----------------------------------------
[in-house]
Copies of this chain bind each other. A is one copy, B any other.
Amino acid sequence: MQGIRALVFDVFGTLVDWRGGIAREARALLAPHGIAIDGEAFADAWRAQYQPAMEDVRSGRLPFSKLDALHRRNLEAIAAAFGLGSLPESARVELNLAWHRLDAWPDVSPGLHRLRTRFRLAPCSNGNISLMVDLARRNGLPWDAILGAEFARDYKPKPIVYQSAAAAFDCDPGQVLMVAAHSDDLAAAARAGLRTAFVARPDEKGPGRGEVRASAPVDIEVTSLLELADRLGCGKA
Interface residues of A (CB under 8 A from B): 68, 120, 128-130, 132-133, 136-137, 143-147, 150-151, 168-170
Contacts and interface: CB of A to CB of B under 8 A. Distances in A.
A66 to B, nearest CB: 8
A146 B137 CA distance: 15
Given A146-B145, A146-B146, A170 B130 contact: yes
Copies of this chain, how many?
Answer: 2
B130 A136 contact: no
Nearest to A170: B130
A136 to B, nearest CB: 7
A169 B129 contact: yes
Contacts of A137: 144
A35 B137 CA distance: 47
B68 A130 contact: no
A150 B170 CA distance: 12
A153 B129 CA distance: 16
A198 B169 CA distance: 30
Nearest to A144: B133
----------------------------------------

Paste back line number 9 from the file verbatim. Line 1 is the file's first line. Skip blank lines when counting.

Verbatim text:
Copies of this chain, how many?